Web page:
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Elderflower Champagne Recipes?

Started by KDeath, May 17, 2018, 11:01:09 AM

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KDeath

Gonna give this a go this year but can't find a definitive recipe online - this is what I've put together so far:

10L batch
40 elderflower heads, no stems
2kg sugar
Juice & zest of 4 lemons

In terms of ingredients there seems to be a bit of variety in terms of adding vinegar, citric acid, grape juice, etc. Is additional citric acid required if I add lemon juice? Not entirely sure of the purpose of the vinegar, I've also seen recipes including tea or sultanas for tannins - not sure if these are needed?

In terms of process, I've seen some that don't treat the heads at all, others where the sugar & water is mixed to make a syrup then poured over the heads to kill any wild yeasts. What would be the best method there?

I've seen some recipes where you bottle before it's finished which sounds like a recipe for bottle bombs - going to ferment to dryness then prime at about 10g/L for around 3.3 volumes of CO2, bottling in champagne/prosecco bottles.

Any feedback or advice is appreciated!

Chymist

Literally just thinking about this today as well! Will be keeping an eye out here for any advice!

LordEoin

leave the flowers! They turn into berries, which make the best hedgerow wine in the whole entire universe! literally....

Yenren

Hi,
Here is a good recipe to work off, http://winemaking.jackkeller.net/reques43.asp
Citric acid is not at all but if you add a Lemon it is equivalent to about a teaspone of citric acid. If you are a beginner just follow the recipe above. Do not add vinegar, EVER! Unless you want to make vinegar.  Tea and raisins are not necessary but tea will add tannins and raisins will add body and flavour, I would add 500g raisins for 10 liters I don't use tea much but if you want to add it follow recipe.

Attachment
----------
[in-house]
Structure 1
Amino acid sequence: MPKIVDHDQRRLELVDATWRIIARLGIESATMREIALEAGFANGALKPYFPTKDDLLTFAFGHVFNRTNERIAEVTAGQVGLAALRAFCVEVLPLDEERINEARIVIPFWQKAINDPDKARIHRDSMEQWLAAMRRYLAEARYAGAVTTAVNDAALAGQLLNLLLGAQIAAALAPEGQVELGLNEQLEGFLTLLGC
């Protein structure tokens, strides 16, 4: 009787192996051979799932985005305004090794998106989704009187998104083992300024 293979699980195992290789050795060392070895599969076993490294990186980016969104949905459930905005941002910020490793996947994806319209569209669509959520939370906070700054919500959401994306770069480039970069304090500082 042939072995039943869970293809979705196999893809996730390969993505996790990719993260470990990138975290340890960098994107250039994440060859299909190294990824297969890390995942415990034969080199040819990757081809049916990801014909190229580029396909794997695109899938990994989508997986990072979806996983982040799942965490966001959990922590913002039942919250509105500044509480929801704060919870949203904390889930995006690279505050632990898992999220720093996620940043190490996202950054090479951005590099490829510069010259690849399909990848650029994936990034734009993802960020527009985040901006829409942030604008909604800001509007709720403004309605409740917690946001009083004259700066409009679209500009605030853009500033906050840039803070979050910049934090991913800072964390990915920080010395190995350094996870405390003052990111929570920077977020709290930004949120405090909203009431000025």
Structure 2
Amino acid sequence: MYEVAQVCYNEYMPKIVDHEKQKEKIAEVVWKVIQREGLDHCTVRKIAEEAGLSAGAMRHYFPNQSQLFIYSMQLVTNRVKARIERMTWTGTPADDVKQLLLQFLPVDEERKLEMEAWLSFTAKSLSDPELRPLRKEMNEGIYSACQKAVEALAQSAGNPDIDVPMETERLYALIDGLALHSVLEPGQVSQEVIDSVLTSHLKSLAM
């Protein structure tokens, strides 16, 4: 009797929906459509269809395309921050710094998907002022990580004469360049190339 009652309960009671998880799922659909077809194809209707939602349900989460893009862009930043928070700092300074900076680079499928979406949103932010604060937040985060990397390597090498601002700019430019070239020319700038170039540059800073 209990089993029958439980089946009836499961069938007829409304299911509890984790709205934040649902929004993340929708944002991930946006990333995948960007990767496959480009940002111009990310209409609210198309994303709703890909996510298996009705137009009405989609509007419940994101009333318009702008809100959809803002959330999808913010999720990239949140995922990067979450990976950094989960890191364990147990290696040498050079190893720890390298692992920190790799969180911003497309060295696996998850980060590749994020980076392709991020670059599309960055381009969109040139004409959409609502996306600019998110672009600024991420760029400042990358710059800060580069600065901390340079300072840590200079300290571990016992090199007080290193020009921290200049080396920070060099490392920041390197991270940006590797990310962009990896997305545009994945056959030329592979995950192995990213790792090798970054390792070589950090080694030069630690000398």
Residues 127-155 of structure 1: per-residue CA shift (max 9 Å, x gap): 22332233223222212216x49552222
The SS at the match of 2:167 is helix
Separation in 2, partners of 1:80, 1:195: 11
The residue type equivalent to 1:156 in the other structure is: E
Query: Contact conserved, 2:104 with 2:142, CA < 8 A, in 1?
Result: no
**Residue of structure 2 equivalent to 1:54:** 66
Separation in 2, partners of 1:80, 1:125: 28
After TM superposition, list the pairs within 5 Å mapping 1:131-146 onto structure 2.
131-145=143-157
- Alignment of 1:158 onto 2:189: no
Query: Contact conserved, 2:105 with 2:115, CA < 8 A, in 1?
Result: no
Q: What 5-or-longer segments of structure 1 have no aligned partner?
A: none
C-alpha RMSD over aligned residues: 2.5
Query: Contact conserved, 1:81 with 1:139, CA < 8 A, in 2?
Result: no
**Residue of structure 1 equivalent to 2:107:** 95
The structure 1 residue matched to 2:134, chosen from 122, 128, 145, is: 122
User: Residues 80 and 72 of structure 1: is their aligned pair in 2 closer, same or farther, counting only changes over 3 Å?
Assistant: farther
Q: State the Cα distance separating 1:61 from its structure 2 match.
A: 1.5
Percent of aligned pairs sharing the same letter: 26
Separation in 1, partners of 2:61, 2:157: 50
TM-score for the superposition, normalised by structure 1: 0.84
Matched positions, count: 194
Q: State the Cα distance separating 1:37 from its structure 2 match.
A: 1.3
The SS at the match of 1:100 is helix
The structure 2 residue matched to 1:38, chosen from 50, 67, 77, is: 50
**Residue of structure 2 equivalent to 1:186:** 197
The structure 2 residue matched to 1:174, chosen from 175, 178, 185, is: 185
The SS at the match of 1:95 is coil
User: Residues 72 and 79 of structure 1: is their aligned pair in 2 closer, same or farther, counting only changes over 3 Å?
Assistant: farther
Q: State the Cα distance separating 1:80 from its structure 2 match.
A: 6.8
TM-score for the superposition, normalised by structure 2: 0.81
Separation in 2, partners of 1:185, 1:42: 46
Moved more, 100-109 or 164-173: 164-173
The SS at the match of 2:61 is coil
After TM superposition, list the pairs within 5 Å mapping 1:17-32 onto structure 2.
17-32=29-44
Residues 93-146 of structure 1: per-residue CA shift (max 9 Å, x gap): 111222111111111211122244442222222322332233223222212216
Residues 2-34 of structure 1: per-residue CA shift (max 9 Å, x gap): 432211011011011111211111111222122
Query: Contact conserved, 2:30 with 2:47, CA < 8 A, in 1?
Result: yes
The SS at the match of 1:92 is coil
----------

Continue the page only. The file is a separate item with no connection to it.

Yep pouring boiling sugar water over the flowers is a good idea. Wait until it's about 20C before you pitch your yeast.
Yea I would ferment dry and and add sugar to carbonate here is a good calculator
https://www.brewersfriend.com/beer-priming-calculator/

If you want to kick your wine making into high gear look up goferm yeast rehydration, and TOSNA (tailored organic stagnated nutrient addition)
If you are not bothered then the nutrient you plan to use split it into 4 additions one when you make up the must one when it starts fermenting one 24hours later and the last one when 1/3 of the sugar has been eaten of on day 7 which ever comes first.  But most importantly whip the crap out of your must twice a day for 5 min each time. Yeast need O2 to reproduce. This is all very recent wine making techniques and won't be found in old recipes.
Anyway if yo7 need more help give a shout



Quote from: KDeath on May 17, 2018, 11:01:09 AM
Gonna give this a go this year but can't find a definitive recipe online - this is what I've put together so far:

10L batch
40 elderflower heads, no stems
2kg sugar
Juice & zest of 4 lemons

In terms of ingredients there seems to be a bit of variety in terms of adding vinegar, citric acid, grape juice, etc. Is additional citric acid required if I add lemon juice? Not entirely sure of the purpose of the vinegar, I've also seen recipes including tea or sultanas for tannins - not sure if these are needed?

In terms of process, I've seen some that don't treat the heads at all, others where the sugar & water is mixed to make a syrup then poured over the heads to kill any wild yeasts. What would be the best method there?

I've seen some recipes where you bottle before it's finished which sounds like a recipe for bottle bombs - going to ferment to dryness then prime at about 10g/L for around 3.3 volumes of CO2, bottling in champagne/prosecco bottles.

Any feedback or advice is appreciated!

KDeath

That's great, cheers!

I see there's two recipes on there, one looks to halve the elderflower content and add grape juice - which would be better?

I see go-ferm and fermaid-o can be got on Amazon so I might take a look at those alright - assume the same principle applies regardless of your yeast (will be using champagne yeast)?

I have a wine whip, I'm guessing I should actively try to cause a vortex to oxygenate if I'm using it?

Yenren

For goferm and Fermaid O send these guys an email https://www.litmuswines.com they sell it in 1kg and 2kg bags. It's well worth it and they keeps. The type of yeast dose matter to how much Fermaid O you will use you need to find out what kind of nitrogen needs the yeast has it will be either low medium or high. You will find that on the yeast manufacturer website. Then you can put that into a tosna calculator and it will give you the amount. I use almost exclusively Lalvine yeast there the same crowd who make goferm and the have lots of info on there yeast.
As for grape juice and elderflower amount. The grape juice can be swapped with raisins. For amount of flowers I'd go on the higher side. And see how you like it. You can always make another one if you don't like the amount.
A wine whip is the only job well except for pure O2.